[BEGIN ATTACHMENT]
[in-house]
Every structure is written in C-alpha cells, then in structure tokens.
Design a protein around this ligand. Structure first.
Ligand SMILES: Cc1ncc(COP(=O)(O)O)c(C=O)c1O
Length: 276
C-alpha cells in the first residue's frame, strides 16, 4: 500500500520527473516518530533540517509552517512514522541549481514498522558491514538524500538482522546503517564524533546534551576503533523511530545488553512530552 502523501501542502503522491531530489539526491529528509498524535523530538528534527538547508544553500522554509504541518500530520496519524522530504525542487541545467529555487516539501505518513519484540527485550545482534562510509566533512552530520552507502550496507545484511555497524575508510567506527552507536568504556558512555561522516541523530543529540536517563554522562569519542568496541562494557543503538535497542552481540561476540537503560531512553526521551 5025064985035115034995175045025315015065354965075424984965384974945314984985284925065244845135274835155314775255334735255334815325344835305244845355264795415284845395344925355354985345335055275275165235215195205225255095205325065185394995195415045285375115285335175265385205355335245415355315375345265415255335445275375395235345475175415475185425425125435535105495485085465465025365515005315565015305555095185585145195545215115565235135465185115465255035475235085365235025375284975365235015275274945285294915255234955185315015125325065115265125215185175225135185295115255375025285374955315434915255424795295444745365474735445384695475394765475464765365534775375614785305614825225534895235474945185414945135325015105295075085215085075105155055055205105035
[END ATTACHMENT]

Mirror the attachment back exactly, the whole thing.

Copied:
[in-house]
Every structure is written in C-alpha cells, then in structure tokens.
Design a protein around this ligand. Structure first.
Ligand SMILES: Cc1ncc(COP(=O)(O)O)c(C=O)c1O
Length: 276
C-alpha cells in the first residue's frame, strides 16, 4: 500500500520527473516518530533540517509552517512514522541549481514498522558491514538524500538482522546503517564524533546534551576503533523511530545488553512530552 502523501501542502503522491531530489539526491529528509498524535523530538528534527538547508544553500522554509504541518500530520496519524522530504525542487541545467529555487516539501505518513519484540527485550545482534562510509566533512552530520552507502550496507545484511555497524575508510567506527552507536568504556558512555561522516541523530543529540536517563554522562569519542568496541562494557543503538535497542552481540561476540537503560531512553526521551 5025064985035115034995175045025315015065354965075424984965384974945314984985284925065244845135274835155314775255334735255334815325344835305244845355264795415284845395344925355354985345335055275275165235215195205225255095205325065185394995195415045285375115285335175265385205355335245415355315375345265415255335445275375395235345475175415475185425425125435535105495485085465465025365515005315565015305555095185585145195545215115565235135465185115465255035475235085365235025375284975365235015275274945285294915255234955185315015125325065115265125215185175225135185295115255375025285374955315434915255424795295444745365474735445384695475394765475464765365534775375614785305614825225534895235474945185414945135325015105295075085215085075105155055055205105035